The government of the US Virgin Islands said in a court filing on Friday that it is seeking at least $190 million in fines from JPMorgan Chase for failing to detect and report the sex trafficking operation run by disgraced financier Jeffrey Epstein. in the territory of the USA.

Virgin Islands lawyers disclosed the amount in a legal filing in response to a request by the federal judge in Manhattan overseeing the lawsuit he filed against JPMorgan last year, who claimed the bank turned a blind eye to Epstein’s activities.

In the filing, the Virgin Islands attorney general’s office said it also wants the country’s largest bank to establish new policies to prevent it from providing financial services to human traffickers.

“We are taking this enforcement action because JPMorgan Chase’s institutional failure enabled the sex trafficking of Jeffrey Epstein,” US Virgin Islands Attorney General Ariel Smith said in a statement.

Patricia Wexler, a spokeswoman for JPMorgan, said: “This document does not reflect the nature of the liquidation talks.” She also said the Virgin Islands legal theories “were not well founded and are being challenged by JPM in court.”

The bank, in court documents, argued that the Virgin Islands government did little to deter any illegal activity carried out by Epstein at his private residence on the island off St. Thomas.

JPMorgan Chase has already agreed to pay $290 million to settle a class action lawsuit filed last year on behalf of Epstein’s many victims of sexual abuse. The lawsuit, brought by lawyers for Mr. Epstein’s victims, was joined for legal discovery purposes with the lawsuit brought by the Virgin Islands. The bank and the Virgin Islands government have yet to reach an agreement.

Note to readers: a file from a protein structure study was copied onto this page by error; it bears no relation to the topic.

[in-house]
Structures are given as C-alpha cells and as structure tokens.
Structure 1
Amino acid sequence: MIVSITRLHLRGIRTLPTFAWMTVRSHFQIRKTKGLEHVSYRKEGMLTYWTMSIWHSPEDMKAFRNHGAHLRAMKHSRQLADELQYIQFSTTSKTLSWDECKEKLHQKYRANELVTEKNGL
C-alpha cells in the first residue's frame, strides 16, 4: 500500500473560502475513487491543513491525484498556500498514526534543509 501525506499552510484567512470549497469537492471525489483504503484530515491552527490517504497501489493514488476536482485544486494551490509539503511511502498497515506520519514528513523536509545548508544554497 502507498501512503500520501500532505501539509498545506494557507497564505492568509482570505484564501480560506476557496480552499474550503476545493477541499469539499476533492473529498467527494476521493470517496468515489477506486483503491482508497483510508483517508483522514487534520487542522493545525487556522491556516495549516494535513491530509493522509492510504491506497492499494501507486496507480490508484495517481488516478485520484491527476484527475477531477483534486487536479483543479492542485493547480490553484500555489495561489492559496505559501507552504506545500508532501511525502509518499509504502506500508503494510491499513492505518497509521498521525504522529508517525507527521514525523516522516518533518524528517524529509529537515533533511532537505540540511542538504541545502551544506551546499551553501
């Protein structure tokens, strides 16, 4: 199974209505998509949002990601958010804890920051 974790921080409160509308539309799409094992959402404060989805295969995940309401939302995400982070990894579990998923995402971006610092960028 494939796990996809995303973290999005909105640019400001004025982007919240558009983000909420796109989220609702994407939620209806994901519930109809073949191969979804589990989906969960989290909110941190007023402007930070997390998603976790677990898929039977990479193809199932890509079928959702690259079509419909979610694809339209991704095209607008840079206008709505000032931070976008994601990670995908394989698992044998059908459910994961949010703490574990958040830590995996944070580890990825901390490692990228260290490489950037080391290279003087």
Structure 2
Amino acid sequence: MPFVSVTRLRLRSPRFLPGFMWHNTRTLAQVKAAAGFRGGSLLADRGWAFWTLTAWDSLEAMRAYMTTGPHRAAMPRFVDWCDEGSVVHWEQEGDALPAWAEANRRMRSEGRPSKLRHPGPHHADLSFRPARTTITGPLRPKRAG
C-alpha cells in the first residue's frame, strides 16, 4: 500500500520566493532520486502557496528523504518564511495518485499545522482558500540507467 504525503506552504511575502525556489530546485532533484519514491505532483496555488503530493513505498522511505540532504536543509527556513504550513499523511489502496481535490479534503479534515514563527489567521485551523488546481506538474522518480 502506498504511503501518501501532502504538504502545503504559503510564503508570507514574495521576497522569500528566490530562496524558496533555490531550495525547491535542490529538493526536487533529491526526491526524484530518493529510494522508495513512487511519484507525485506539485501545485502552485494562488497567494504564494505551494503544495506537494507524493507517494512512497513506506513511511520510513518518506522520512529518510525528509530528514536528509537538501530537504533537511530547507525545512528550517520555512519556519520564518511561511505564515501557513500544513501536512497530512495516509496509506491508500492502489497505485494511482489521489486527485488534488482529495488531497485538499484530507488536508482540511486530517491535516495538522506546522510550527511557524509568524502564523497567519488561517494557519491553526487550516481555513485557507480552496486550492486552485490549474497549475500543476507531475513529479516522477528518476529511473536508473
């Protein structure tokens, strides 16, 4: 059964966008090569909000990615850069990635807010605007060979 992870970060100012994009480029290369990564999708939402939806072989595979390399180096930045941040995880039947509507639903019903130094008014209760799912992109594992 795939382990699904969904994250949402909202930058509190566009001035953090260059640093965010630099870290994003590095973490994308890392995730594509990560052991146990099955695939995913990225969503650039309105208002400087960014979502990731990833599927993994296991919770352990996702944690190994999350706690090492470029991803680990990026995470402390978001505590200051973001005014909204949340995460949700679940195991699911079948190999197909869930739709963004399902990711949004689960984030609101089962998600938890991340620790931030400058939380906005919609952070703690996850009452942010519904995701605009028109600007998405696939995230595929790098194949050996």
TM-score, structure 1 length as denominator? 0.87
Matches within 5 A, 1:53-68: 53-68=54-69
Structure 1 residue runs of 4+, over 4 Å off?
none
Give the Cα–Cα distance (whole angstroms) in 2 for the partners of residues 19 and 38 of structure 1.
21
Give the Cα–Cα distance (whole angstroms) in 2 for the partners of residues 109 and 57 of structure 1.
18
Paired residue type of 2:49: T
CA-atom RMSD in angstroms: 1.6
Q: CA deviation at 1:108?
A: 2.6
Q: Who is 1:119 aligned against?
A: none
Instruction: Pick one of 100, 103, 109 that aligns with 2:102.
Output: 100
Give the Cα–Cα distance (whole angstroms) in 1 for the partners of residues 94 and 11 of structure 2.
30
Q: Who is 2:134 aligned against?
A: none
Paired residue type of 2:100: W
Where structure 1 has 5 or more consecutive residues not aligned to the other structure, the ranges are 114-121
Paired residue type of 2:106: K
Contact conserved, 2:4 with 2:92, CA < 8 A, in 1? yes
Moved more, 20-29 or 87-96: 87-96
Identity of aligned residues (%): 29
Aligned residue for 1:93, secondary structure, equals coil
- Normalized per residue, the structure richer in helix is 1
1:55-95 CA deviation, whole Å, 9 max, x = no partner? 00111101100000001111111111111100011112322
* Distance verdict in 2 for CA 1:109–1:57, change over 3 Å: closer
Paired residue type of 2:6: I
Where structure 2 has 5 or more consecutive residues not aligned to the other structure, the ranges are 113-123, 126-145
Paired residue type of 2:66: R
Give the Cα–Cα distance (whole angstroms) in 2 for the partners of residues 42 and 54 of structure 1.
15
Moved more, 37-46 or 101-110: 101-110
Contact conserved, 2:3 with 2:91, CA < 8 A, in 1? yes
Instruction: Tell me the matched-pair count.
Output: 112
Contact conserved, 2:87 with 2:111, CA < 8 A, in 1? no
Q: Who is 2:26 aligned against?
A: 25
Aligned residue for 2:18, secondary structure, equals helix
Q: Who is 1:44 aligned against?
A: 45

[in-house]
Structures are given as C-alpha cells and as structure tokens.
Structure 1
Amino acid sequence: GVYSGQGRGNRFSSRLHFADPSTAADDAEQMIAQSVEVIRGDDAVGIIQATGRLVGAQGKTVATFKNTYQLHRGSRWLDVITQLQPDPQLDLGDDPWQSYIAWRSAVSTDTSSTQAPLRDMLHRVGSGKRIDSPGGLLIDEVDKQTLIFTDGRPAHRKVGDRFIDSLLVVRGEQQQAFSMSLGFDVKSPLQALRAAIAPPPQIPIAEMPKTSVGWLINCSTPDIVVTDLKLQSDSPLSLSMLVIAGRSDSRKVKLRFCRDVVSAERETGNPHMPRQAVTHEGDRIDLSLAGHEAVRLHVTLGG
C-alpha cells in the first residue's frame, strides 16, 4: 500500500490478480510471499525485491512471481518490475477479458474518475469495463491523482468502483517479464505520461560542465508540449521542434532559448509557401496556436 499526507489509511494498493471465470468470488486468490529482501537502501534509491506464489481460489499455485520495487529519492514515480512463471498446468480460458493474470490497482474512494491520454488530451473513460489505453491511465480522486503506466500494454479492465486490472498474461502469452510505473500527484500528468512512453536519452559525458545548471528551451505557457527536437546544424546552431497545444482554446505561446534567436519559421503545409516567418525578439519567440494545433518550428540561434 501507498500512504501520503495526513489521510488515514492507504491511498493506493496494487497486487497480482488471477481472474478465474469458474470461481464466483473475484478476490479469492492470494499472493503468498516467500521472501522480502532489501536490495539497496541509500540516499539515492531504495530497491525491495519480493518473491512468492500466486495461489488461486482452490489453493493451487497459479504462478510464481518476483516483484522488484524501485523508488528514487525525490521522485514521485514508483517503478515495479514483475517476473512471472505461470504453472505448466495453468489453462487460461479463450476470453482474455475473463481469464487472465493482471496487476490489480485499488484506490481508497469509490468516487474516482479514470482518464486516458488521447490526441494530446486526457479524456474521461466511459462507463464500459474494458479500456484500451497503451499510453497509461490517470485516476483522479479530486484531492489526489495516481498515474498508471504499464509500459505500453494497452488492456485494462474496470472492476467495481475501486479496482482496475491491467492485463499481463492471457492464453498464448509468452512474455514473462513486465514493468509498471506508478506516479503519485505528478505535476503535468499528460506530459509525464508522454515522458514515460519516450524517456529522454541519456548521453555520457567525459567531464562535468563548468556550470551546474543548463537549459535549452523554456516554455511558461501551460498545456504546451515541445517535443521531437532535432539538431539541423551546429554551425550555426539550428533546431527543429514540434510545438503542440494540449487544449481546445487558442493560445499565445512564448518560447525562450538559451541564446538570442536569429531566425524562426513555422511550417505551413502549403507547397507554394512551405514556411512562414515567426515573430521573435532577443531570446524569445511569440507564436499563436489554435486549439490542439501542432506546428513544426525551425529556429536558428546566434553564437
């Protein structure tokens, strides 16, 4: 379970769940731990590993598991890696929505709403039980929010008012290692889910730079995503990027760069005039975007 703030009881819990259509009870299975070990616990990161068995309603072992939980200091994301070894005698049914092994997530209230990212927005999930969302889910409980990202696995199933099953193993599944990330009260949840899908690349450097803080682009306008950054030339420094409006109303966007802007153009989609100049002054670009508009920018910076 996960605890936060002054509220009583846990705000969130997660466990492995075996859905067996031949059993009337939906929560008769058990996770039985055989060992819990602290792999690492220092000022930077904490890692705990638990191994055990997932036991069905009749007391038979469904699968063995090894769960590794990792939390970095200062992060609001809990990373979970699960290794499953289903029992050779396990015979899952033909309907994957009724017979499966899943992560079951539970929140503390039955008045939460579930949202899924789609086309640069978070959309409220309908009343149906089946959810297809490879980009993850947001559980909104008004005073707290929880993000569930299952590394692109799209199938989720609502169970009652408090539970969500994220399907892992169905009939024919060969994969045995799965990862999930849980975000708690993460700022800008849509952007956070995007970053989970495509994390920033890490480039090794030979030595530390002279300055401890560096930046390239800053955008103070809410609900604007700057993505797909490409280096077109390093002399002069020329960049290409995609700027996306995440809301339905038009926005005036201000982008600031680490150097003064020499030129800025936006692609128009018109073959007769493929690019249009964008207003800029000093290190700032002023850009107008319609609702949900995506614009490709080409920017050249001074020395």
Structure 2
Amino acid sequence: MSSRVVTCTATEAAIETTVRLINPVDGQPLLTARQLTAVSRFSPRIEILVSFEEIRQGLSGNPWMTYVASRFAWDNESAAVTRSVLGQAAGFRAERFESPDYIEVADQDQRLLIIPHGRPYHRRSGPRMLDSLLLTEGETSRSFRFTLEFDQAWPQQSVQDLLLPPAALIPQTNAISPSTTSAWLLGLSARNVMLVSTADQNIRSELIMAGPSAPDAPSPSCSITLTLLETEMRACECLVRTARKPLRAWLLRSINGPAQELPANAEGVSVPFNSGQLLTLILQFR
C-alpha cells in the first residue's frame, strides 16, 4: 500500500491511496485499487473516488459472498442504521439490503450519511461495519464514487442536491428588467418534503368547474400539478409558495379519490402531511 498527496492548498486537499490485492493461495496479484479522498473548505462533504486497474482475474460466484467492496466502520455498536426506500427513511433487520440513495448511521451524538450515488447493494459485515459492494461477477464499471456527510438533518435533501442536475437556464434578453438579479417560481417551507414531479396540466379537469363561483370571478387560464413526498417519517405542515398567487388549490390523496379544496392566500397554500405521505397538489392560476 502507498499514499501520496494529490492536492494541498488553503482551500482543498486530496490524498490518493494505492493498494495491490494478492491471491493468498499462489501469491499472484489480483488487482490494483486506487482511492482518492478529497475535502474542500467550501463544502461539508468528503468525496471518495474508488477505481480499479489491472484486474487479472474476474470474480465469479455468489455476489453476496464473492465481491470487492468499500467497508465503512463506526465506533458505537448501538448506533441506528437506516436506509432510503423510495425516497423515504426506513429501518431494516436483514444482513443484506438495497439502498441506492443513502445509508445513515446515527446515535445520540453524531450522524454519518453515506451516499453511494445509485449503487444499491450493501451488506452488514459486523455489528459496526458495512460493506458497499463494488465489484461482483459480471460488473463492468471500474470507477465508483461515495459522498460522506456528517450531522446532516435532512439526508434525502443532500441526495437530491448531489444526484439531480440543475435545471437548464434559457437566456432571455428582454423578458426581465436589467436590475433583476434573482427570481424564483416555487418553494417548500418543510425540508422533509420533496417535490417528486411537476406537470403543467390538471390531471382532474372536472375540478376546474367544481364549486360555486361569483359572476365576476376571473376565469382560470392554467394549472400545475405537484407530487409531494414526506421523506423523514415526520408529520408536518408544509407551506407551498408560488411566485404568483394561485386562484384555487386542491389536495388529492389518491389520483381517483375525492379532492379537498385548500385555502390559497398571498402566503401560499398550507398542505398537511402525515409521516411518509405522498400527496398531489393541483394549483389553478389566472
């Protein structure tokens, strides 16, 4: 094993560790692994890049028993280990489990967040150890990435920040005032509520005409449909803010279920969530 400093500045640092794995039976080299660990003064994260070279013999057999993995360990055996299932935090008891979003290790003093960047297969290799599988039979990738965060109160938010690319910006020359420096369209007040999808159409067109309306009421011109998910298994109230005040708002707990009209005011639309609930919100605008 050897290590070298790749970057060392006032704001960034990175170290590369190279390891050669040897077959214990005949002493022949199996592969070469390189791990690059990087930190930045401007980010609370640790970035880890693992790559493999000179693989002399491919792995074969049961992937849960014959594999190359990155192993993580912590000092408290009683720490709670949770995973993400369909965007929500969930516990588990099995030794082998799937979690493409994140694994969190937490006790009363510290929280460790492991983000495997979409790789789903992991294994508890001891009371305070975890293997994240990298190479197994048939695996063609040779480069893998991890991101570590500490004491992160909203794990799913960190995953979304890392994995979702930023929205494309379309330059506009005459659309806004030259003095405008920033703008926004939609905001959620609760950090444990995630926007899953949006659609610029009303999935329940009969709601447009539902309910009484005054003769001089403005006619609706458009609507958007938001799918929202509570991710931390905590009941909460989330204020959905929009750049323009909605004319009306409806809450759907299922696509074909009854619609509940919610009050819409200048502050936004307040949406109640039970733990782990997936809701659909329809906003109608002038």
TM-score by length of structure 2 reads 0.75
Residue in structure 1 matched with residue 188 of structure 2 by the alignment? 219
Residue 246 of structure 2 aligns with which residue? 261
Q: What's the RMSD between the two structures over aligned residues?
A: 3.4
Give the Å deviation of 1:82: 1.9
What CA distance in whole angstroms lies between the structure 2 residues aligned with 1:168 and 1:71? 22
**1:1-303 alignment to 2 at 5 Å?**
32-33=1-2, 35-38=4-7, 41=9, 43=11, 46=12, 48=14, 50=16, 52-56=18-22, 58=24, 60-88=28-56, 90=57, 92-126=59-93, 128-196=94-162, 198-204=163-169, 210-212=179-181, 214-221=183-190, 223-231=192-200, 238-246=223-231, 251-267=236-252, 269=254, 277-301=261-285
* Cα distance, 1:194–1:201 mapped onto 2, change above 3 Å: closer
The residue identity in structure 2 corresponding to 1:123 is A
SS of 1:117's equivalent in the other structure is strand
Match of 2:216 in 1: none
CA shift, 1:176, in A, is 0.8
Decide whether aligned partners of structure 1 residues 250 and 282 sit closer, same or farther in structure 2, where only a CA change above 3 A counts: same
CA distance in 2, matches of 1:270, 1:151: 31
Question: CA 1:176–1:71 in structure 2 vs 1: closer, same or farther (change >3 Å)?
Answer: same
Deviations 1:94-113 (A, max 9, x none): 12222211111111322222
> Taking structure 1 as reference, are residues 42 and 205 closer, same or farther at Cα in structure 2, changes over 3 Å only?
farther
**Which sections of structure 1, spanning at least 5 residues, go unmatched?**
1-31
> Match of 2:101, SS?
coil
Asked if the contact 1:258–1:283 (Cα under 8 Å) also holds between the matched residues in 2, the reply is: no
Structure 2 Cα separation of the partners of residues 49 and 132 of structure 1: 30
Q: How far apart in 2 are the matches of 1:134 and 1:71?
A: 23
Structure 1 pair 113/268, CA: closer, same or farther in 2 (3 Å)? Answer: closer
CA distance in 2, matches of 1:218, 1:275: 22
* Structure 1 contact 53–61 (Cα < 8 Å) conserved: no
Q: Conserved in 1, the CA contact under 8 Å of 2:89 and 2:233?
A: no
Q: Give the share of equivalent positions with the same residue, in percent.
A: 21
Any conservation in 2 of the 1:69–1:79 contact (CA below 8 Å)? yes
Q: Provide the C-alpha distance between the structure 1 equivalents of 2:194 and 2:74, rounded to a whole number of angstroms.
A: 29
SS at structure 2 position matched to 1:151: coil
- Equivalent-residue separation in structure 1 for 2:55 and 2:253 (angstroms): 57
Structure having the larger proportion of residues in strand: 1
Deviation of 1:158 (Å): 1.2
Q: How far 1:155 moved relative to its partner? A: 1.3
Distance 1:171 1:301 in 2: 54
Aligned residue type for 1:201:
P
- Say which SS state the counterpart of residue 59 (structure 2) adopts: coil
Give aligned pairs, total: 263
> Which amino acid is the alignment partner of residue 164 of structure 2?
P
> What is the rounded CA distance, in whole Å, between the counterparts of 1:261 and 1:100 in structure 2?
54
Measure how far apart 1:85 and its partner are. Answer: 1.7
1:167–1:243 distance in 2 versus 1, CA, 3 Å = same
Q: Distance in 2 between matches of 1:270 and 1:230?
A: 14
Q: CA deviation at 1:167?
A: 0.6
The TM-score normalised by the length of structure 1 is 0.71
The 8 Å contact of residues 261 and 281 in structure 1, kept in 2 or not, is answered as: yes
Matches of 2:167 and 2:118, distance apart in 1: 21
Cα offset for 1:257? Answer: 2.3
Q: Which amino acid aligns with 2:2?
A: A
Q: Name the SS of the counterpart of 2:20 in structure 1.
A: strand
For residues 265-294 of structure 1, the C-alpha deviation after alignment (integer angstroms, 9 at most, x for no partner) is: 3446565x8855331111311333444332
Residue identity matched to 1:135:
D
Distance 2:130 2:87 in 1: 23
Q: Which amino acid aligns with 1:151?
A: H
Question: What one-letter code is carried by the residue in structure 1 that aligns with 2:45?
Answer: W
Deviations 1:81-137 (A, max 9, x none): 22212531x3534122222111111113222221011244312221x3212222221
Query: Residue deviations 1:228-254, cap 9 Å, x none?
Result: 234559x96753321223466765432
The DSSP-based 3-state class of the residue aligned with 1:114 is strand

The lawsuit brought by the Virgin Islands is tentatively scheduled for trial in October in Manhattan federal court.

The Virgin Islands said Friday that its lawsuit is designed as an enforcement action against the bank and that it is entitled to substantial compensation to compensate it and deter future conduct by the bank. The $190 million includes fines and the return of fees obtained from businesses that the Virgin Islands say Epstein directed to JPMorgan.

Last year, the US territory reached a $105 million settlement with the estate of Mr. Epstein, who committed suicide in August 2019 while in federal custody on sex trafficking charges.

Lawyers for Epstein’s victims have said at least 200 women, many of them teenagers at the time, were sexually abused by the financier at his private residence in the Virgin Islands, as well as at their homes in Manhattan, Florida and elsewhere. . Mr. Epstein maintained a private island residence near St. Thomas for nearly 20 years and also conducted his investment advisory businesses from the Virgin Islands.

The Virgin Islands is being assisted in all litigation involving Mr. Epstein by attorneys from Motley Rice, a South Carolina-based plaintiff’s law firm. Motley has a retainer agreement with the Virgin Islands government that entitles it to receive a portion of each settlement and recovery as compensation.

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